As much as I want to agree with Hooton here and have a damn good chuckle, I won’t. Mainly because I have time for Dad’s Army that consists of: Chris, George, Calum and Penny (Webster) who were all mayors in a previous council life. Yes I know Len was mayor of Manukau before now but that seemed logical at the time. And to make things drag for Hooton, Dad’s Army and Cameron will be all back next year for another three years – for better or for worse depending on your sway right now.
This piece is what stood out most (and I am truly sorry Chris, but I did not write the Metro piece): A city whose economy drives the nation, which attracts almost all the country’s population growth and which has significant problems in infrastructure and social need must be able to attract some of the best and brightest politicians, from across the spectrum. Mind you, a glance around the council room at the ranks of the centre-right today suggests the trend may struggle to continue.
Look I felt passionate enough to go consider running for Papakura Local Board this year as I work my way up to Ward Councillors as I wanted to do something for a better Auckland. Heck even the blog was structured around a campaign for the Local Board. However, I am going to put the Local Board ambition on hold this round after at-length talks with counterparts and family. In short the adage goes you are effective in implementing change pissing inside the particular tent. Well the opposite where pissing outside the tent to implement change is having more of a success for me as I push for a better Auckland.
The post “GOING FORWARD” goes at some length in what I am up to and what I will be doing for the next three years as I build a consultancy from the ground up.
So sorry folks for getting your hopes up, I will not be running for Local Board this time around with main efforts going into the consultancy to effect change for a Better Auckland. Meaning nothing actually changes majorly; the blog continues and I will strive to get a better Papakura and Auckland – just from pissing outside the tent rather than inside it 😉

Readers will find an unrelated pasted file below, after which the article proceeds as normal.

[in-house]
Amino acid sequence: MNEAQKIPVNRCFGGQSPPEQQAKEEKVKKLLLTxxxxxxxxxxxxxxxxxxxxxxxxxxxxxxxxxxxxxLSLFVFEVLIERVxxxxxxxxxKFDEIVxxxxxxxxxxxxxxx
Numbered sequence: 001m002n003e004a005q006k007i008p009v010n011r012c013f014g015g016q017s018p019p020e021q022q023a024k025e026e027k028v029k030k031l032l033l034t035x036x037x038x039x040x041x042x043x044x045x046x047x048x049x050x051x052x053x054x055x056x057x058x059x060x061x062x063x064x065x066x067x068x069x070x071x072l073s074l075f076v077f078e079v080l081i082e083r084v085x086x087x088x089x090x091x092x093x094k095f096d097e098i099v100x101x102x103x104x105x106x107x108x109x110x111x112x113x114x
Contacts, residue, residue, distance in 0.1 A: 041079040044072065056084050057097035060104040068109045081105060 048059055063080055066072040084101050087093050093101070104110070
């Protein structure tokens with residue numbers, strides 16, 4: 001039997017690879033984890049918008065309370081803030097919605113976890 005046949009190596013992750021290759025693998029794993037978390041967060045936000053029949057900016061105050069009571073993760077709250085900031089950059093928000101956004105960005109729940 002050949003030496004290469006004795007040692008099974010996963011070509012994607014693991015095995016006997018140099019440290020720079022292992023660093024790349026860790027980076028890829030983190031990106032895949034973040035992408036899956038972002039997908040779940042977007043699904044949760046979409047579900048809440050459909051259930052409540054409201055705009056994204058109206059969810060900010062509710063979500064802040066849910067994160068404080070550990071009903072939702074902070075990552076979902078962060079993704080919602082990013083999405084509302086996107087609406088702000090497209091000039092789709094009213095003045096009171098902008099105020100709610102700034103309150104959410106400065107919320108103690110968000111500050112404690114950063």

And to this effect it also might be way the Centre-Right of Council is struggling to bolster its ranks with quality candidates to contest Local Board and Council, those potential quality candidates want nothing to do with the inner workings of the Council for whatever reason and like me, most likely deem getting “change” put through from outside the tent. That should sound a warning to the Centre-Right if this is the case…
And for our Flagging Public Transport Patronage
From Metro Mag one more time:
It appears public transport use has declined. It’s not a surprise. The expansion of public transport in the past couple of years has led to more use than was officially expected, but it has also led to more frustration. Public transport works well when it’s reliable, pleasant, affordable, safe and so frequent you don’t need a timetable. The rule of thumb is, the service must appeal to young single women. If they feel good about using it, so will everyone. Yes, there have been improvements. Yet every single train and bus customer in this city knows there is still a long way to go. That’s the big picture. There are also so many small examples of things going wrong — like the new platform ticketing system for train passengers who don’t have an AT Hop card. It’s diabolically difficult to understand, and it’s also an honesty system for everyone who is not travelling all the way to Britomart, because no one checks your ticket. So now it’s harder for casual users to catch the train, and the system encourages fraud. How dumb is that?
Answering the question – DUMB
I will go as usual into length on this – although at this rate I will be flogging a well dead horse this side of 2014. However after running around on Sydney Trains using their gate and ticket system, AND seeing Pre Pay Buses where you must have a pre purchased pass (so no buying on the bus) (usually the express and heavy peak buses) I was rather impressed despite the issues Sydney-siders might see with their system (every system has flaws). Again my “Going Forward” post alludes to where I am going with Auckland’s transport currently.
More on Sydney’s heavy rail system later in the week
So who wears the pants – not Wellington more so as Auckland led by our Deputy Mayor begins to roar with volume enough to rattle Wellington… [what was that I just heard from Town Hall 😉 ]